Open data began as an idea. Since then, it has exploded into a movement, a label, a business model, an element of social change, a piece in the puzzle towards the ever-ardent project to improve human dignity and human quality-of-life. So, what is the open data movement today? What has it achieved over time? How has open data policy and practice shifted over the last 10 years? What can be learned from the past 10 years? How will open data fare in dealing with new challenges relating to democracy, climate, artificial intelligence?
The State of Open Data: Histories and Horizons, a collection of essays, “brings together more than 60 authors from around the world to address [such] questions and to take stock of the real progress made to-date across sectors and around the world.” The project was supported from inception to conclusion by the International Development Research Center (IDRC), and it was edited by Tim Davies, Stephen B. Walker, Mor Rubinstein, and Fernando Perini. The four editors have extensive backgrounds in open data: Perini, for example, is a senior program officer at IDRC and Walker has managed the International Open Data Conference (IODC) in years past. More information about the open data backgrounds of each editor can be found here.
“A decade ago,” the text opens, “open data was more or less just an idea, emerging as a rough point of consensus for action among pro-democracy practitioners, internet entrepreneurs, open source advocates, civic technology developers, and open knowledge campaigners. Calls for ‘open data now’ offered a powerful critique of the way in which governments and other institutions were hoarding valuable data paid for by taxpayers – data that if made accessible, could be reused in a myriad of different ways to bring social and economic benefits and democratic change.”
As the editors continue, “Ten years on, open data is much more than an idea.” Indeed, 10 years is a relatively short time, yet in 10 years the open data movement has experienced sizable growth, measurable success, and inevitable evolution. The U.S. Department of Commerce, for example, hosted the first International Open Data Conference in November 2010. By 2018, sessions at annual IODC events showed increasing nuance: threats to open data, notes on the movement as localized to specific fields, links between open data and sustainability.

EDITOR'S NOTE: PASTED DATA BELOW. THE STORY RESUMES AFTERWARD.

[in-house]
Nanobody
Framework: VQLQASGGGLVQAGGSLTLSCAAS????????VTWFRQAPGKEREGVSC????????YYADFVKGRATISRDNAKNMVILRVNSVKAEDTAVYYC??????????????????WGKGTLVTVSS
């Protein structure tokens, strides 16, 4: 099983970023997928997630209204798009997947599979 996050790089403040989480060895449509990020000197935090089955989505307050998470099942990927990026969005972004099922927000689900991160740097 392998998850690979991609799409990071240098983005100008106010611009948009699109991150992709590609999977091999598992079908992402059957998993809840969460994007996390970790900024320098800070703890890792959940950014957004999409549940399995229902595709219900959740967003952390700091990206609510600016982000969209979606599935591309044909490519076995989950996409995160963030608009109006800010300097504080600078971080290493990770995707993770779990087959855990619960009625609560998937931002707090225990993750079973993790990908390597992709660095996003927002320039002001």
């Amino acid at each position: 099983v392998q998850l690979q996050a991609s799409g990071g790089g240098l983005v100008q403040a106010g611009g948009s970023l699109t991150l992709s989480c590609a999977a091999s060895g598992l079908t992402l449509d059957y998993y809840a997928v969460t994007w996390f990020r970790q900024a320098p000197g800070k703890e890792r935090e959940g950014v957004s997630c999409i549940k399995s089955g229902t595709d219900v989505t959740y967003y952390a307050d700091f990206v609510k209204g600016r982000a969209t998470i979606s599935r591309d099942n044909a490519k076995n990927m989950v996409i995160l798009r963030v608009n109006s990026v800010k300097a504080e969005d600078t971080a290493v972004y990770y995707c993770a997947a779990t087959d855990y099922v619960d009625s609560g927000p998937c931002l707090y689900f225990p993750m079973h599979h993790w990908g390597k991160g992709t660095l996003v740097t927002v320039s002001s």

The open data movement, meanwhile, has infiltrated beyond academe, as, for example, global development banks have integrated open data into their methodologies. Open data has been adopted as a central tool for a number of global policy initiatives; the OGP, the Sustainable Development Goals, the Extractives Industry Transparency Initiative, the Global Legal Entity Identifier Foundation, etc. have all embraced open data with their work. Entire businesses today are built upon open data. Civil societies and NGOs and other instruments of change use open data as part of their social change toolkits.
Despite the success of the movement, the editors note that the current period of open data should be marked by re-evaluation, not celebration. Since open data has been so widely integrated into global development (and local/private development) toolboxes, the movement has been exposed to much scrutiny. The editors list some key questions that are being asked: Does open data assist in social change? At what speed? Does it actually return on investment? What factors make open data changes impactful? Does open data work alongside goals such as sustainable development, gender equality, human rights, indigenous rights, and fair governance?
Amid the flurry of questions being asked of the open data movement, it seems important, now more than ever, to review the state of the open data movement and its impacts as far as social and economic development. By offering a broad overview of the open data movement’s first 10 years, the editors of The State of Open Data hope to provide an account that helps practitioners, policy-makers, community advocates, and anyone else in the open data movement, to progress the movement over the next 10 years. Click here to read more.